To assess the functions of the retinoblastoma protein (RB) during normal development, we have analyzed mouse embryos that lack a functional copy of the retinoblastoma gene (genotype: Rb-1(Δ20)/Rb-1(Δ20)). Our findings demonstrate that RB plays an important role in the regulation of the neuronal cell cycle. In mutant embryos, dividing cells are found well outside of the normal neurogenic regions in both the central and peripheral nervous systems. In addition to abnormal cell cycle regulation, however, the mutant embryos show two less expected phenotypes. First, many of the ectopically dividing cells die by apoptosis shortly after their entrance into S phase. In sensory ganglia, most nerve cells die by this process, beginning at about the same time as normal target-related neuronal death. Second, although the expression of certain differentiation markers such as N-CAM and Brn-3.0 appears to be near normal, nerve cells, especially in sensory ganglia, do not mature properly. Their morphology is stunted and expression of neuronal βII tubulin is greatly reduced. Preferential reduction in the expression of TrkA, TrkB, and the low-affinity neurotrophin receptor p75(LNGFR) may be relevant to neuronal cell death and lack of neuronal differentiation seen in the mutant embryos. Primary cultures of dorsal root and trigeminal ganglion cells from later stage mutant embryos reveal a decrease in neuronal cell survival and in neurite outgrowth even in the presence of the appropriate neurotrophins. Taken together, these results suggest that the p110(RB) protein not only regulates progression through the cell cycle but is also important for cell survival and differentiation.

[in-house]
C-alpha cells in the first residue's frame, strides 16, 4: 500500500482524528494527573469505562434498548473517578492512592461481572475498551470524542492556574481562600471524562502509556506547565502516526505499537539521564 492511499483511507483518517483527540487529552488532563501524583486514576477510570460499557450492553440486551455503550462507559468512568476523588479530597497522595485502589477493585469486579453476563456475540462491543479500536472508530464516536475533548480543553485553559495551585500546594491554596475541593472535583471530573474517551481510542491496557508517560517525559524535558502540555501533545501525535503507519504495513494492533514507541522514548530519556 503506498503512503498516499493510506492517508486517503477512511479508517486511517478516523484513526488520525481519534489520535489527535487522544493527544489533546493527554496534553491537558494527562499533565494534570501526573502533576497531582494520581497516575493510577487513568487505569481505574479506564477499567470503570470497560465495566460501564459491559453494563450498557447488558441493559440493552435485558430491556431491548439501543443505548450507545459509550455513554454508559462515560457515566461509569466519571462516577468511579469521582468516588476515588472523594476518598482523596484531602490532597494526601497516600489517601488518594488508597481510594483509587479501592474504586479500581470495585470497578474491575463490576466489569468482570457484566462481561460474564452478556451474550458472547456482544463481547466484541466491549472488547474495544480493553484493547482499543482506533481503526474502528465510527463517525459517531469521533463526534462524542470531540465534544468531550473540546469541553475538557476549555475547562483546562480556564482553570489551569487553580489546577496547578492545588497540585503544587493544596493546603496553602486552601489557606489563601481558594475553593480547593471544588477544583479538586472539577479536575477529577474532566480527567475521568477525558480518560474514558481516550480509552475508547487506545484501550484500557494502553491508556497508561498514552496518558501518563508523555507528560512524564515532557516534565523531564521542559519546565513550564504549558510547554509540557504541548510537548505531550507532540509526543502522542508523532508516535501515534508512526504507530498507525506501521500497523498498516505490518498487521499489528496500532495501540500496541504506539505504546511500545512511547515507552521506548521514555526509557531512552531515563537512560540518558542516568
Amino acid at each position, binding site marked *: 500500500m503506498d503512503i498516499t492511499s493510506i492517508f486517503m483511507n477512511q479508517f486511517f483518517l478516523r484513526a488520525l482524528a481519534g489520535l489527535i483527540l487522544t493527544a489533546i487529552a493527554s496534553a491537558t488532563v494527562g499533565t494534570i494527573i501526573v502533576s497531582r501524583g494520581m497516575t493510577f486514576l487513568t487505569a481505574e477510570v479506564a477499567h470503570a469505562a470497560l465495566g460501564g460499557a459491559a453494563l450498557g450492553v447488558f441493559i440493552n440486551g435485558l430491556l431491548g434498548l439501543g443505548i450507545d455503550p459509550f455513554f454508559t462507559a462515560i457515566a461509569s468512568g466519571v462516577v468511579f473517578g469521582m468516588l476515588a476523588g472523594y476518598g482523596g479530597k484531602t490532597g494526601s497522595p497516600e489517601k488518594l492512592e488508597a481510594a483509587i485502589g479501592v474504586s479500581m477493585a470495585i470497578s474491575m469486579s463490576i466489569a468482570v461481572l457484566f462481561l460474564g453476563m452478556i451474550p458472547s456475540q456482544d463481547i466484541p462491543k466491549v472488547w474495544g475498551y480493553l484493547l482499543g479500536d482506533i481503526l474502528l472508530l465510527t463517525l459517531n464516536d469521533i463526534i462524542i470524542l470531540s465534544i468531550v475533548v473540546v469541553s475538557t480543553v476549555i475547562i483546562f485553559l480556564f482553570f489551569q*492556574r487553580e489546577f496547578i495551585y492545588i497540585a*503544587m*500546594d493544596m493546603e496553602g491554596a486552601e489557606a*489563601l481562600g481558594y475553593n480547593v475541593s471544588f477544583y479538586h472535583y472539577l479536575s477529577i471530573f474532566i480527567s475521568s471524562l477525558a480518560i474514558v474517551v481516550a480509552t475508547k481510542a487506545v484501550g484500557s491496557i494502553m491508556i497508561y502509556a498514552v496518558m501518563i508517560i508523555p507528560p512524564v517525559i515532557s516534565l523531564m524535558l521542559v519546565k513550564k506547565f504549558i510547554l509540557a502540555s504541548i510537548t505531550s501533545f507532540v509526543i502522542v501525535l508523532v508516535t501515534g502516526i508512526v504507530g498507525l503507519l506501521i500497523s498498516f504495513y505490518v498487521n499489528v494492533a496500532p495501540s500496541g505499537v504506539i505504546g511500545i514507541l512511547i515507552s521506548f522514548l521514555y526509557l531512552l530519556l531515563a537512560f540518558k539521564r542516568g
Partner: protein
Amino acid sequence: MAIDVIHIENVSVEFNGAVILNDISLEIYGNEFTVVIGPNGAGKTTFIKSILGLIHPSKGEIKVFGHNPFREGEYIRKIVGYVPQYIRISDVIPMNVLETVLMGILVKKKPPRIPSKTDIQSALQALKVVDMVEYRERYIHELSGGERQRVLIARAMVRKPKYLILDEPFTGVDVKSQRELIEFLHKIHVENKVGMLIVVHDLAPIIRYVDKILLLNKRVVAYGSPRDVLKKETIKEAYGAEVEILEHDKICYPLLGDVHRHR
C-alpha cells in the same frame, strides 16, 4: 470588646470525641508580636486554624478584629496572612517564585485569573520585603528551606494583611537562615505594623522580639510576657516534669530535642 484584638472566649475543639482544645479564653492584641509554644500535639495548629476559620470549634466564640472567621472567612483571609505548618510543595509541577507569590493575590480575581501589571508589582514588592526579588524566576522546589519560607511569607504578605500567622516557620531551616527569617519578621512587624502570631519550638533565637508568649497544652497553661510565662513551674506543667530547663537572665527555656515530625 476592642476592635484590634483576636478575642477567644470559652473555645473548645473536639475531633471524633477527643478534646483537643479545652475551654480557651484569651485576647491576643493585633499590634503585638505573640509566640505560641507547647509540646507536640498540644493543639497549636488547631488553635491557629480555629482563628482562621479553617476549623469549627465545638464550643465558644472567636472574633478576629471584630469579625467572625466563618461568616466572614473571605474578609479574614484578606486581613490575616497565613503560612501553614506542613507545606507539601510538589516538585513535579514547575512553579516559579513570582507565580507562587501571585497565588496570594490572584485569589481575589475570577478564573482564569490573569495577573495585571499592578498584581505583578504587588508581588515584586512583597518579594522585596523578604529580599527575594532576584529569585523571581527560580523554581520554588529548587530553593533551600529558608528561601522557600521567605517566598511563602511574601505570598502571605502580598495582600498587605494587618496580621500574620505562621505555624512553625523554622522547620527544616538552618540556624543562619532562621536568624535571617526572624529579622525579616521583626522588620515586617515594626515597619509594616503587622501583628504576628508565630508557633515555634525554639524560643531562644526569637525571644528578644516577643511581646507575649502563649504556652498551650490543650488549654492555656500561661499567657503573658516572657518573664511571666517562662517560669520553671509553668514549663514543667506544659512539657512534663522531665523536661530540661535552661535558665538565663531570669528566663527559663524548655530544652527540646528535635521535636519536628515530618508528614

ASJC Scopus subject areas
- Developmental Biology